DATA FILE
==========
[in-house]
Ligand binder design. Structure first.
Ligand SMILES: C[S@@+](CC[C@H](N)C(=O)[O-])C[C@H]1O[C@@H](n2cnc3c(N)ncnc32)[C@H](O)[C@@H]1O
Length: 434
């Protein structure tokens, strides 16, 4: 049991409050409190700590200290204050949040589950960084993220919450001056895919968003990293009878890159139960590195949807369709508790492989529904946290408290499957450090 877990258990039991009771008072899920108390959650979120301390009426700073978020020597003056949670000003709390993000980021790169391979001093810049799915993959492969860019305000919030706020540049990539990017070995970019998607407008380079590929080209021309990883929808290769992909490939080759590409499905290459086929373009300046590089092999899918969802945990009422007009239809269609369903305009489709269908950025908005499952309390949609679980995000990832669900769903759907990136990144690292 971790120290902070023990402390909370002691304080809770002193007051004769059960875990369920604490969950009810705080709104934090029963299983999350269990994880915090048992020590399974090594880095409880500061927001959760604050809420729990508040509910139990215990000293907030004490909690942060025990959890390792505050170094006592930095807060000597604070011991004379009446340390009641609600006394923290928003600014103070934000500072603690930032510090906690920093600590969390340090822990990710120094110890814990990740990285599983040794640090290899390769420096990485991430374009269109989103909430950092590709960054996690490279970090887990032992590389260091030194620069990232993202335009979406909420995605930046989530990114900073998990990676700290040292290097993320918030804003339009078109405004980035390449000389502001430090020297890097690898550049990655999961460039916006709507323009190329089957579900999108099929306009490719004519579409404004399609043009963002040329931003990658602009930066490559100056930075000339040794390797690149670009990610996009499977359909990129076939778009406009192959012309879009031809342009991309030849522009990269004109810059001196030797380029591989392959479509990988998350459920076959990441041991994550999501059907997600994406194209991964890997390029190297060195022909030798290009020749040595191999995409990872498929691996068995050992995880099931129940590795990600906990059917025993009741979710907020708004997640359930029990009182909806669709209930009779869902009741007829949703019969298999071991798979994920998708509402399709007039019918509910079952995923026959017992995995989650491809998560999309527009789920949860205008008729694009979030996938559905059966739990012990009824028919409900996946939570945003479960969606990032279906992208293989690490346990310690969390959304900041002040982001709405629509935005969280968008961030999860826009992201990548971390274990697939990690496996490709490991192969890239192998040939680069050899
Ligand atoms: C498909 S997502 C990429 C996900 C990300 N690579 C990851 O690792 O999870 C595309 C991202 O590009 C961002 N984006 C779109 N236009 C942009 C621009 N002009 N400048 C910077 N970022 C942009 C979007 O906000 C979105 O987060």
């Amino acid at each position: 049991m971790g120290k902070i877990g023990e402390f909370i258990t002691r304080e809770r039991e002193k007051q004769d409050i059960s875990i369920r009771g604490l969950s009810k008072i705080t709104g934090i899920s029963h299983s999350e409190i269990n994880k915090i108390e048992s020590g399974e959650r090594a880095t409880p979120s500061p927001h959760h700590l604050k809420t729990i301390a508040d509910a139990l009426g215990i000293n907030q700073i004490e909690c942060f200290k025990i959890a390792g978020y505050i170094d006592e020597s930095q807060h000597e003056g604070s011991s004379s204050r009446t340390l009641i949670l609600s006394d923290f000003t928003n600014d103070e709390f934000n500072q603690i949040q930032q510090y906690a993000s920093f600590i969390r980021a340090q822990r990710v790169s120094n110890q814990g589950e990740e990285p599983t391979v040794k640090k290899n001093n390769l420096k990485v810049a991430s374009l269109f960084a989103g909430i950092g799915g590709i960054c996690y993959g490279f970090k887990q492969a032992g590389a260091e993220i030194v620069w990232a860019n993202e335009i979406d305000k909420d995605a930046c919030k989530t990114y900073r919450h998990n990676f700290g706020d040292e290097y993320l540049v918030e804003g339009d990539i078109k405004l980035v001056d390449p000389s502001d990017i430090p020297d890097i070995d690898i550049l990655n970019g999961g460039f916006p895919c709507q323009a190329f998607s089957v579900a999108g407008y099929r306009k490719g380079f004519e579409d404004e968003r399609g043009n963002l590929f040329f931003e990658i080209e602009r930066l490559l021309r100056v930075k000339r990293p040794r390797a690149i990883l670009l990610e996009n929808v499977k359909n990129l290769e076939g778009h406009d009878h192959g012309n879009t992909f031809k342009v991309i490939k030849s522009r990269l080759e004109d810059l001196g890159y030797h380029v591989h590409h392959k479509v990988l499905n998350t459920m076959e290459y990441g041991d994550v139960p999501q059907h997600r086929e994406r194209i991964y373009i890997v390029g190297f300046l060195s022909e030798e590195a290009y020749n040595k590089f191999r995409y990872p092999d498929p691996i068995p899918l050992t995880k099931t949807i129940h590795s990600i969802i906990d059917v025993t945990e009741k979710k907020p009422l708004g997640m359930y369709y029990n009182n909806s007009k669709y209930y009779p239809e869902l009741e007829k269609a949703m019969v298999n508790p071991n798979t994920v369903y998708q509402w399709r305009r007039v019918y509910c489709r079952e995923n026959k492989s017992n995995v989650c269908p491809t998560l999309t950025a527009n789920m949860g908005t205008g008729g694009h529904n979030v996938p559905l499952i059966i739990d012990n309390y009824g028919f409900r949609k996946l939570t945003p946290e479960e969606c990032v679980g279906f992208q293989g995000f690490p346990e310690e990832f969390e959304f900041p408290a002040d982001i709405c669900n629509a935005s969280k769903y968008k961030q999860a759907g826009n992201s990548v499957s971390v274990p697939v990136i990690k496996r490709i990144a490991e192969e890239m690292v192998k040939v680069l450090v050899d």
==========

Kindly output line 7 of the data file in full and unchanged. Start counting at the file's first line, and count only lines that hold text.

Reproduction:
């Amino acid at each position: 049991m971790g120290k902070i877990g023990e402390f909370i258990t002691r304080e809770r039991e002193k007051q004769d409050i059960s875990i369920r009771g604490l969950s009810k008072i705080t709104g934090i899920s029963h299983s999350e409190i269990n994880k915090i108390e048992s020590g399974e959650r090594a880095t409880p979120s500061p927001h959760h700590l604050k809420t729990i301390a508040d509910a139990l009426g215990i000293n907030q700073i004490e909690c942060f200290k025990i959890a390792g978020y505050i170094d006592e020597s930095q807060h000597e003056g604070s011991s004379s204050r009446t340390l009641i949670l609600s006394d923290f000003t928003n600014d103070e709390f934000n500072q603690i949040q930032q510090y906690a993000s920093f600590i969390r980021a340090q822990r990710v790169s120094n110890q814990g589950e990740e990285p599983t391979v040794k640090k290899n001093n390769l420096k990485v810049a991430s374009l269109f960084a989103g909430i950092g799915g590709i960054c996690y993959g490279f970090k887990q492969a032992g590389a260091e993220i030194v620069w990232a860019n993202e335009i979406d305000k909420d995605a930046c919030k989530t990114y900073r919450h998990n990676f700290g706020d040292e290097y993320l540049v918030e804003g339009d990539i078109k405004l980035v001056d390449p000389s502001d990017i430090p020297d890097i070995d690898i550049l990655n970019g999961g460039f916006p895919c709507q323009a190329f998607s089957v579900a999108g407008y099929r306009k490719g380079f004519e579409d404004e968003r399609g043009n963002l590929f040329f931003e990658i080209e602009r930066l490559l021309r100056v930075k000339r990293p040794r390797a690149i990883l670009l990610e996009n929808v499977k359909n990129l290769e076939g778009h406009d009878h192959g012309n879009t992909f031809k342009v991309i490939k030849s522009r990269l080759e004109d810059l001196g890159y030797h380029v591989h590409h392959k479509v990988l499905n998350t459920m076959e290459y990441g041991d994550v139960p999501q059907h997600r086929e994406r194209i991964y373009i890997v390029g190297f300046l060195s022909e030798e590195a290009y020749n040595k590089f191999r995409y990872p092999d498929p691996i068995p899918l050992t995880k099931t949807i129940h590795s990600i969802i906990d059917v025993t945990e009741k979710k907020p009422l708004g997640m359930y369709y029990n009182n909806s007009k669709y209930y009779p239809e869902l009741e007829k269609a949703m019969v298999n508790p071991n798979t994920v369903y998708q509402w399709r305009r007039v019918y509910c489709r079952e995923n026959k492989s017992n995995v989650c269908p491809t998560l999309t950025a527009n789920m949860g908005t205008g008729g694009h529904n979030v996938p559905l499952i059966i739990d012990n309390y009824g028919f409900r949609k996946l939570t945003p946290e479960e969606c990032v679980g279906f992208q293989g995000f690490p346990e310690e990832f969390e959304f900041p408290a002040d982001i709405c669900n629509a935005s969280k769903y968008k961030q999860a759907g826009n992201s990548v499957s971390v274990p697939v990136i990690k496996r490709i990144a490991e192969e890239m690292v192998k040939v680069l450090v050899d």